At home. We had our own offices and worked primarily for Dinamic but not exclusively.
How did you get the publishing deal with Dinamic?
We worked for Dinamic since the early years of 8-bit games. We were friends and had a very good relationship in general.
Did you approach them in advance saying you were going to write Risky Woods for the Amiga and would they be interested in publishing it etc? Or did you ask around other publishers aswell?
We developed the game on our own and then approached Dinamic first but with the idea in mind of listening to other offers, but they were very interested from the beginning.
Many Amiga fans (including myself) think Risky Woods is the only decent game ever made by Dinamic, as they seemed to publish an awful lot of terrible games such as Army Moves, Navy Moves, Freddy Hardest etc. What do you think about this?
Risky Woods was published by Dinamic but entirely developed by us under the Zeus Software signature.
Nicely avoiding the question there! :) Does that mean you agree with me and think the rest of the Dinamic games on the Amiga were rubbish?
Yeah, Dinamic wasn't in its glory at the time and those games were basically 8-bit ports. There were a couple of decent ones, like Astro Marine Corps, but also were developed externally, AMC by Pablo Ariza.
What did you think about the reviews of Risky Woods? Did you read all of them or collect any special reviews?
I don't usually read reviews or interviews unless somebody points me to them, so thank you very much for the link. Very interesting to see there are 17 game reviews!
How did Raál cope with the limitations you gave him for the game? ie. 15 colours max for the game (one being black), 15 colour sprites that could only be 64 pixels wide repeating, memory constraints for all the tiles/baddies etc. Was Raál a technical guy?
Not a technical guy at all, but he knew his job very well as we started together developing for 8-bit platforms, where the constrains were even bigger, so we didn't see limitations but plenty of freedom.
Biomechanical Toy (Arcade)
Straight after finishing Risky Woods, did you create the arcade game Biomechanical Toy? And how did you end up working on a coin-op?
Yes. We always wanted to work on coin-ops and after finishing Risky Woods we saw the oportunity to work with Gaelco so we started developing for their system.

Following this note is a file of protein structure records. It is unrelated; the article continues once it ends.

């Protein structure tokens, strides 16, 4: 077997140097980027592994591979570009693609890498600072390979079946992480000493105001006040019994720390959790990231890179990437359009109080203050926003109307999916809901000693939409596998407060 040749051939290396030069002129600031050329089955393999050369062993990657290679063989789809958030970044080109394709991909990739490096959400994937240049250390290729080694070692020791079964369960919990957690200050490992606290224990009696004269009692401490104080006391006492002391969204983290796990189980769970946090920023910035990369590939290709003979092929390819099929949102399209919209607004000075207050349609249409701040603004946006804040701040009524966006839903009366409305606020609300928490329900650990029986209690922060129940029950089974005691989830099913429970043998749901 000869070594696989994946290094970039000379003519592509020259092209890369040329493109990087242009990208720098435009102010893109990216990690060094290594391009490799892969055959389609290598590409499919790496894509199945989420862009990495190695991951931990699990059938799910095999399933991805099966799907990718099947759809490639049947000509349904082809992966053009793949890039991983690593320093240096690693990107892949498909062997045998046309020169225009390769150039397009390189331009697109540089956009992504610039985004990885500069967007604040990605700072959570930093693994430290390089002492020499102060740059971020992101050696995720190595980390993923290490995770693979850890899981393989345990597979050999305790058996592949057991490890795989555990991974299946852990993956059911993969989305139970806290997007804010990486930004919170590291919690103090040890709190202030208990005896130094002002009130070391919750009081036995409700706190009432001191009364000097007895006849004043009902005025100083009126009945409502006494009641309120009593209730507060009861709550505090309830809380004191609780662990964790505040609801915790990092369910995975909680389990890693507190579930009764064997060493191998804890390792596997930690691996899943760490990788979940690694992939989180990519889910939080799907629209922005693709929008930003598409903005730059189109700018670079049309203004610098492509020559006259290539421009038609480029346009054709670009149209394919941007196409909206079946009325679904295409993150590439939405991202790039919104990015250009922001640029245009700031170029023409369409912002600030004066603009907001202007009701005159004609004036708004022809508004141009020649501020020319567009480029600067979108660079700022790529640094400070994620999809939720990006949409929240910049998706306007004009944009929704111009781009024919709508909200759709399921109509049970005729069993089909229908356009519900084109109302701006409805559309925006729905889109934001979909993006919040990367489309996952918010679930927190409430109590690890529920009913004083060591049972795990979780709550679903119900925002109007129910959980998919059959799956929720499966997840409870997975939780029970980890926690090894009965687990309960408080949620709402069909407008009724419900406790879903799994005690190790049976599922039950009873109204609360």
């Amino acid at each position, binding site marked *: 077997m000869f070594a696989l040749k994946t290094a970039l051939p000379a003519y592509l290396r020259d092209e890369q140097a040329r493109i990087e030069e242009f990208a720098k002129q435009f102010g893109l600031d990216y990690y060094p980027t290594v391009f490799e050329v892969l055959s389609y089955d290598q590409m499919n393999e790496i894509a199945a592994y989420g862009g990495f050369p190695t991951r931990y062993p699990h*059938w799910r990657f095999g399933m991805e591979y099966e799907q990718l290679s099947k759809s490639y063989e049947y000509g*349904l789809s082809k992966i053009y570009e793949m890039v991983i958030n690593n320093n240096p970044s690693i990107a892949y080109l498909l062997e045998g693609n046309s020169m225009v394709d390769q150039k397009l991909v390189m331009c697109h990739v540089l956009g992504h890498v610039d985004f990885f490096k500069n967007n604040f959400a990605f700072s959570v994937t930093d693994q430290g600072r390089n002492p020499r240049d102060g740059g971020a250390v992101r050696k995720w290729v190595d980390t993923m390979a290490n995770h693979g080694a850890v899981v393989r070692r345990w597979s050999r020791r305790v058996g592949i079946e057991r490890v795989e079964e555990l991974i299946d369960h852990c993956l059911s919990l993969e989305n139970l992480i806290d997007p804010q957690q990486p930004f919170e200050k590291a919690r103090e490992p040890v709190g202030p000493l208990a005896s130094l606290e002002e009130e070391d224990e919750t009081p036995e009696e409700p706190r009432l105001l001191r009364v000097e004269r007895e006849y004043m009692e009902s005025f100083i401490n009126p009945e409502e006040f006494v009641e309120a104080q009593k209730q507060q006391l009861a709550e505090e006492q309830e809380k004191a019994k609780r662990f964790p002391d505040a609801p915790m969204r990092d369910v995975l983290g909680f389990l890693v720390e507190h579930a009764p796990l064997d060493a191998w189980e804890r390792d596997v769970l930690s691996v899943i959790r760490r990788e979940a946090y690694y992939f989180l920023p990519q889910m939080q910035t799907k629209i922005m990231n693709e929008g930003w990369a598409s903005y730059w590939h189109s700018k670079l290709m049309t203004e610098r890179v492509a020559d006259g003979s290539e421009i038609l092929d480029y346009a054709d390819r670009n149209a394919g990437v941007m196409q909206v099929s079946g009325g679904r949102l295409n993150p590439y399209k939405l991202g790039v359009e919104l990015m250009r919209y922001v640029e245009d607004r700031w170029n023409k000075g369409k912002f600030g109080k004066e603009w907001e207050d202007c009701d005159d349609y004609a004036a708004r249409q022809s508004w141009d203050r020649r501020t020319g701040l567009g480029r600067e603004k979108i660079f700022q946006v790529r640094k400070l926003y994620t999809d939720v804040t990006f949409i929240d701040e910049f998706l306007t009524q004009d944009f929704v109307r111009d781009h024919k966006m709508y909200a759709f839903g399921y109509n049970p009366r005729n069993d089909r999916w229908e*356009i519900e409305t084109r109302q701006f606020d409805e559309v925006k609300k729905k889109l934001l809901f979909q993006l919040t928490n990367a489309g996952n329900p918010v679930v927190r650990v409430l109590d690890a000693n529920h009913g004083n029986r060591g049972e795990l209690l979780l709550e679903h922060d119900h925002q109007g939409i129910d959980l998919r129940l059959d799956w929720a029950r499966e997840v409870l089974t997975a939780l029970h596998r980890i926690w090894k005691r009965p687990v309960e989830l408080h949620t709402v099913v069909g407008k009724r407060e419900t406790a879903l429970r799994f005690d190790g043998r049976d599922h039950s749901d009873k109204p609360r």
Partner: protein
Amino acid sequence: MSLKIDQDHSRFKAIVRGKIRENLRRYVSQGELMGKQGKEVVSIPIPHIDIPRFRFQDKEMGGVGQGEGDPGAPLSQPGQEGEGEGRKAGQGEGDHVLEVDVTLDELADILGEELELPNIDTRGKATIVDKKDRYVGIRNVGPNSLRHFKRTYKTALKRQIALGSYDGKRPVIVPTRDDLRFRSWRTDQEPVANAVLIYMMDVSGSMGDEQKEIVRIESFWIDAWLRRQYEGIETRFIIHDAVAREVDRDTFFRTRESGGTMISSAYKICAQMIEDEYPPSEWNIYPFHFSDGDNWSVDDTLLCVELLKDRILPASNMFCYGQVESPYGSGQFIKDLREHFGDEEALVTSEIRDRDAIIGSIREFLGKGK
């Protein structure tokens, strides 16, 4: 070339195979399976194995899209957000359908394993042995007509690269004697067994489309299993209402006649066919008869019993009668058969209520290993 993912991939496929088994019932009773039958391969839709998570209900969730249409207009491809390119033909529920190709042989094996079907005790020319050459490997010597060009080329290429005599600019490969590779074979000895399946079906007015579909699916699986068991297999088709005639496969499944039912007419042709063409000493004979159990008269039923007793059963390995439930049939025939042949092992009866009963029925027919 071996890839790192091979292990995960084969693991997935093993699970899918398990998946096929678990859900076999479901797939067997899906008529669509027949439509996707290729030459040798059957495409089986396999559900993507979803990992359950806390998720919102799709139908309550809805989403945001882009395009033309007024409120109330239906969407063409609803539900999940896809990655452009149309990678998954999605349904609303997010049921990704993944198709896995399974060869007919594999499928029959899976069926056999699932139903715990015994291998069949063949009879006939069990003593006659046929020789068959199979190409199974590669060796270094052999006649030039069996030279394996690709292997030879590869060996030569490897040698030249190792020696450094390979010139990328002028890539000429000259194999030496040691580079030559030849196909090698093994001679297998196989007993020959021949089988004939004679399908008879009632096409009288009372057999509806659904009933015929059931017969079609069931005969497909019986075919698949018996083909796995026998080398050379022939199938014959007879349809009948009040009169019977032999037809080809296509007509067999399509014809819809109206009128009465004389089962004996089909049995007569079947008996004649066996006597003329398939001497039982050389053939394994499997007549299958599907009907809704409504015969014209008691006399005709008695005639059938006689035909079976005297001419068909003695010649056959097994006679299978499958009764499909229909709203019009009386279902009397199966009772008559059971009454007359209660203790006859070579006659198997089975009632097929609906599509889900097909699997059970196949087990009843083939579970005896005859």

There was also a small game for a theme park called Last Km which you probably won't find any info for.
How many of you worked on the game?
I programmed and Raál designed as usual, but this time we worked with some other people. Two designers who made a huge amount of hand drawings, a third one who did some, and one programmer for game tools.
Can you explain a bit more about this Last Km game you worked on? Did you write it by yourselves?
Yes we did. We did it very quickly. It took us one month to complete. It was designed for two boards set in static bikes and connected by a cable. There was two people playing at the same time, one against the other, or one player against the computer. You had to pedal all the time as the biker was moving from different terrains, from quite flat to very steep. The steeper the terrain, the harder you had to pedal. And there was an entire group of bikers also trying to win. As a game for a theme park, it was interesting in that context.
About the graphical part, Raál and the two Toy designers took a camera one day and went through the San Sebastian Bay area (our city) taking pictures of everything, from walls to traffic lights, etc. and then scanned and retouched everything pixel by pixel. A huge amount of work done fantastically well and quick.
What are you doing these days?
Currently I'm working as IT Director for a translation agency.
Do you have your own website?
My personal website is rpuerto.com, but nothing to do with games, mostly mountaineering and travels.
Thank you very much for your time!
Ricardo Puerto Amiga Softography